Province says support coming to B.C. bus industry
VICTORIA -- Few industries in B.C. have been hit harder by the COVID-19 pandemic than the motor coach sector. But on Monday, the provincial government hinted that help may be on the way.
Transportation Minister Rob Fleming told CFAX 1070 that the government was working on some form of relief.
“We’re moving quickly and government is working right now on something that is going to help motor coach companies in our province,” Fleming said.
The news was welcomed by John Wilson, who runs the Wilson’s Group of Companies, including Wilson’s buses.
The company provides the only intercity bus routes connecting remote communities across Vancouver Island, and those routes have been temporarily shut down since December.
Wilson said Monday that his company had set this upcoming Friday as the deadline for a commitment for financial subsidies from the government, or else it would have to consider permanently shutting down routes.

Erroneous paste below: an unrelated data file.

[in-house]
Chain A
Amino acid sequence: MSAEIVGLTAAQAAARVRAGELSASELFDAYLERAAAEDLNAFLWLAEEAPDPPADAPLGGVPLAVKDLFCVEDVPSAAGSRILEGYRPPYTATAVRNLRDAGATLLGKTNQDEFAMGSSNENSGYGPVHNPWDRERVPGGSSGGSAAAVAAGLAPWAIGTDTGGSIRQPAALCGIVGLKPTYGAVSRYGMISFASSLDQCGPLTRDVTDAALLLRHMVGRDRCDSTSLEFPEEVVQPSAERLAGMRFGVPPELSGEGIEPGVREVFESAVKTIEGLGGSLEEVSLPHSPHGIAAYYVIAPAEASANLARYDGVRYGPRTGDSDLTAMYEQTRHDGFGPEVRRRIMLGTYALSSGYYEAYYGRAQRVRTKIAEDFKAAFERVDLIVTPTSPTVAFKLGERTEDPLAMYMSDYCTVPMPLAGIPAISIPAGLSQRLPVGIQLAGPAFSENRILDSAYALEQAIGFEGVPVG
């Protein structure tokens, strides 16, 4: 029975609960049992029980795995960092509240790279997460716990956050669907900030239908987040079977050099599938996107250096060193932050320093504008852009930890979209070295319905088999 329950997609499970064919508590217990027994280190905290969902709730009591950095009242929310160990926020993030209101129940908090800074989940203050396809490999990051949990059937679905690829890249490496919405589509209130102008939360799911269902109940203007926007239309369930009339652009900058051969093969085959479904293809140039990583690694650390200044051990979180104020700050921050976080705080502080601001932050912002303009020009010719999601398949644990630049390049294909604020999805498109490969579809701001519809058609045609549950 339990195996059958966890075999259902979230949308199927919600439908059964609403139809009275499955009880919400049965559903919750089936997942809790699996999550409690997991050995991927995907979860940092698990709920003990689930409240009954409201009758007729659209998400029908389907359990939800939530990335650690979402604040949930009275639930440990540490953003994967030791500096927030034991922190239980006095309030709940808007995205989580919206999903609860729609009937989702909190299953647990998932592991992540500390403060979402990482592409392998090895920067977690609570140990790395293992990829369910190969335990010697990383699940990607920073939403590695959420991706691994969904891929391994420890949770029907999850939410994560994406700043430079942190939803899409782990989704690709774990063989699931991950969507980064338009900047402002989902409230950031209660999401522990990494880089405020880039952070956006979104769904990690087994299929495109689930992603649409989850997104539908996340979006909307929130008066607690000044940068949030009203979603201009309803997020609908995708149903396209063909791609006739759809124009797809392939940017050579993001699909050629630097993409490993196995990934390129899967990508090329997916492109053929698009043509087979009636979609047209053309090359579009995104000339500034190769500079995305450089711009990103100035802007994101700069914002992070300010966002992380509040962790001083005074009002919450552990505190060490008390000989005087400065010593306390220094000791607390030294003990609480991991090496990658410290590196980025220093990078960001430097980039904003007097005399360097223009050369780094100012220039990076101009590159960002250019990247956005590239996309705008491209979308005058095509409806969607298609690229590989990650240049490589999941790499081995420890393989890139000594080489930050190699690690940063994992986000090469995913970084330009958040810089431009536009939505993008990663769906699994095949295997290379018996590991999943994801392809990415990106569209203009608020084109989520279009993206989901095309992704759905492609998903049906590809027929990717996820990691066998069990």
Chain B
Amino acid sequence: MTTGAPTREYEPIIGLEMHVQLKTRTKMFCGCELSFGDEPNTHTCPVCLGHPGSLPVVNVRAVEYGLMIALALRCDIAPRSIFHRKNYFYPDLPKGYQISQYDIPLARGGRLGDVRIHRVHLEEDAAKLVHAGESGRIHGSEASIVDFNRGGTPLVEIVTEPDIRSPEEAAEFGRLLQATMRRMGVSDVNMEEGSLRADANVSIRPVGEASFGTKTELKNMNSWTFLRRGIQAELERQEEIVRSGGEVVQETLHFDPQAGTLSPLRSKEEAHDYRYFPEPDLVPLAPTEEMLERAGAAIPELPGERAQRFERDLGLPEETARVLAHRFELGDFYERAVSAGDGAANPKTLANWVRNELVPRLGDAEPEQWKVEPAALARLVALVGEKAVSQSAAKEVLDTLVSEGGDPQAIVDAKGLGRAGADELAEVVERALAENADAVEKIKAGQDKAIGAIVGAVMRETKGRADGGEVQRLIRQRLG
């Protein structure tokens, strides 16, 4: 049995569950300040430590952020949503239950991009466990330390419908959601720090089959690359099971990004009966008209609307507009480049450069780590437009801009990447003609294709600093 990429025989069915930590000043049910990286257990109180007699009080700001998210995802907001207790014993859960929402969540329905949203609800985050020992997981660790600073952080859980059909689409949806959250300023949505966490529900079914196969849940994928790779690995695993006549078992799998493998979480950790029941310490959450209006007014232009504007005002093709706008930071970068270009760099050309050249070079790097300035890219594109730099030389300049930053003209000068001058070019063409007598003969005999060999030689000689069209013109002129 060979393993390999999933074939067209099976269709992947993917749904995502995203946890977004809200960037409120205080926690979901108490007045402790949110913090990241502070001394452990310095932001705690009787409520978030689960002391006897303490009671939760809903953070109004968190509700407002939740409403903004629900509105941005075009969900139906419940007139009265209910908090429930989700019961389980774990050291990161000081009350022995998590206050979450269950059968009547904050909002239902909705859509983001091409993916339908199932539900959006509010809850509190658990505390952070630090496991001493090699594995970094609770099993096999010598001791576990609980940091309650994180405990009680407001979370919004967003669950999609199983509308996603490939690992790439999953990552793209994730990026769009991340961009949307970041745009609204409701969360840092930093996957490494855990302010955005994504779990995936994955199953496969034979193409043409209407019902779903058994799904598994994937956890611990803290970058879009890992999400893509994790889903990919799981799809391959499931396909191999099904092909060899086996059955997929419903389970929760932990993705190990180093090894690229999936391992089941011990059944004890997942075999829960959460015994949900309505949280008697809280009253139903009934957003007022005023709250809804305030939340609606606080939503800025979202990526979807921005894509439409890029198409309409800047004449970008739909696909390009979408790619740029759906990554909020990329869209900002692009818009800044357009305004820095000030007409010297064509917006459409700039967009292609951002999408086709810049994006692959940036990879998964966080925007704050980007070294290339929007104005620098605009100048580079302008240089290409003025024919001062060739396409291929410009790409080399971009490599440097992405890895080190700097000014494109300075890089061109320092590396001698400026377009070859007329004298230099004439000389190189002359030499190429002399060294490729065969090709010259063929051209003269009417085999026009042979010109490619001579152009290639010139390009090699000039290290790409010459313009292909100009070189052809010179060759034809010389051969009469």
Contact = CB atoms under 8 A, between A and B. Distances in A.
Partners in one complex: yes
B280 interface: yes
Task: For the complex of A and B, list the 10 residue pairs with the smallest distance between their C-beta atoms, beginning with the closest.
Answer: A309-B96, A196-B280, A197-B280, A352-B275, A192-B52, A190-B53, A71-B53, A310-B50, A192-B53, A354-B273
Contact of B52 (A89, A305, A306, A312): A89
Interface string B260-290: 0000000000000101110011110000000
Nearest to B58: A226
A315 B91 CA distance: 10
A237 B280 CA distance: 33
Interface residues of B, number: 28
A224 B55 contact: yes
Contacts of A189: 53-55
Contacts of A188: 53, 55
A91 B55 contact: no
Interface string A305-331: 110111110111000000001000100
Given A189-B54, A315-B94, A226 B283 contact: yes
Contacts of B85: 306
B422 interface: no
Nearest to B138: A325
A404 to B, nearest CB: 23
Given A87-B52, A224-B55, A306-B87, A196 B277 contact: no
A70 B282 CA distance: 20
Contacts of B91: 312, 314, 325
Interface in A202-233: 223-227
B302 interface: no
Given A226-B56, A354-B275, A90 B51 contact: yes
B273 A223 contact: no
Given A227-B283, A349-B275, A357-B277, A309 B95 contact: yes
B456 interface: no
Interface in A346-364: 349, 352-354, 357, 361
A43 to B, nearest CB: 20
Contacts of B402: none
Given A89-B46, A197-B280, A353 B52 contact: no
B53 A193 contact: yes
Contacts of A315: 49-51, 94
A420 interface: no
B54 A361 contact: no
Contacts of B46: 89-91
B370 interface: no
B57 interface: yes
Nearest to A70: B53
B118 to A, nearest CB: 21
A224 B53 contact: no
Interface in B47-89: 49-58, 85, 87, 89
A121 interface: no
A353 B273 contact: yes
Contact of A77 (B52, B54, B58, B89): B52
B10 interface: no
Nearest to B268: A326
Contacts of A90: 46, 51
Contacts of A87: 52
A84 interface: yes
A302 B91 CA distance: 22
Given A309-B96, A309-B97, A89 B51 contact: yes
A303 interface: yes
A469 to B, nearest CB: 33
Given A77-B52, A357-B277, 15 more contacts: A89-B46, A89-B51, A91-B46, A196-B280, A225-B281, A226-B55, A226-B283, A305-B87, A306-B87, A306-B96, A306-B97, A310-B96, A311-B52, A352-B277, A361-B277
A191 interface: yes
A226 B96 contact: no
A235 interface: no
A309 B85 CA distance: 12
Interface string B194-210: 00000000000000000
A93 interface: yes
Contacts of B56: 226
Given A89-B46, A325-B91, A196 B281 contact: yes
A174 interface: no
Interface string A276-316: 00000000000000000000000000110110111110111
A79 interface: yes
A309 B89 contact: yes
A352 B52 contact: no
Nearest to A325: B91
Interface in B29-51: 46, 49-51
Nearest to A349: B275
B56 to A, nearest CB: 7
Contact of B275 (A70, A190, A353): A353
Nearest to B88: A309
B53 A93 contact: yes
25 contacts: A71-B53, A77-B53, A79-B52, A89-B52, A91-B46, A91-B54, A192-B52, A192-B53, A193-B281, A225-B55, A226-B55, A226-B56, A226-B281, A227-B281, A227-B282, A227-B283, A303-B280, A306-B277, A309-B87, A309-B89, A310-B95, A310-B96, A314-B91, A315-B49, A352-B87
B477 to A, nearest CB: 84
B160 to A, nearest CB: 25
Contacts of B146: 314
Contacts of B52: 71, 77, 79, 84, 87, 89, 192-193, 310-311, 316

“Fingers crossed this week,” said Wilson. “So that we can save the intercity service here on Vancouver Island, and all communities affected.”
Indigenous communities are amongst the hardest hit by the bus service being down. Losing it permanently would put Indigenous women at risk, says Judith Sayers, President of the Nuu-Chan-nuthatch Tribal Council.
Sayers worries the situation could become similar to the infamous “Highway of Tears” in Northern B.C., where women have gone missing and been murdered.
Sayers characterized Monday’s news as encouraging.
“There’s a lot of stretch of empty road between Tofino and Port Alberni, and (I’m) just really concerned about our women,” said Sayers.
Fleming hasn’t put a timeline on the support, but said it would be as soon as possible, noting the toll travel restrictions are taking on the industry with no immediate end in sight.
“We need a package that’s custom tailored for motor coach carriers,” said Fleming.
The Wilson’s Group is asking for a subsidy in the range of $3 million.
The company says it could have its buses back on the road within 10 days of getting funding, but only if the funding arrives in time to salvage the routes.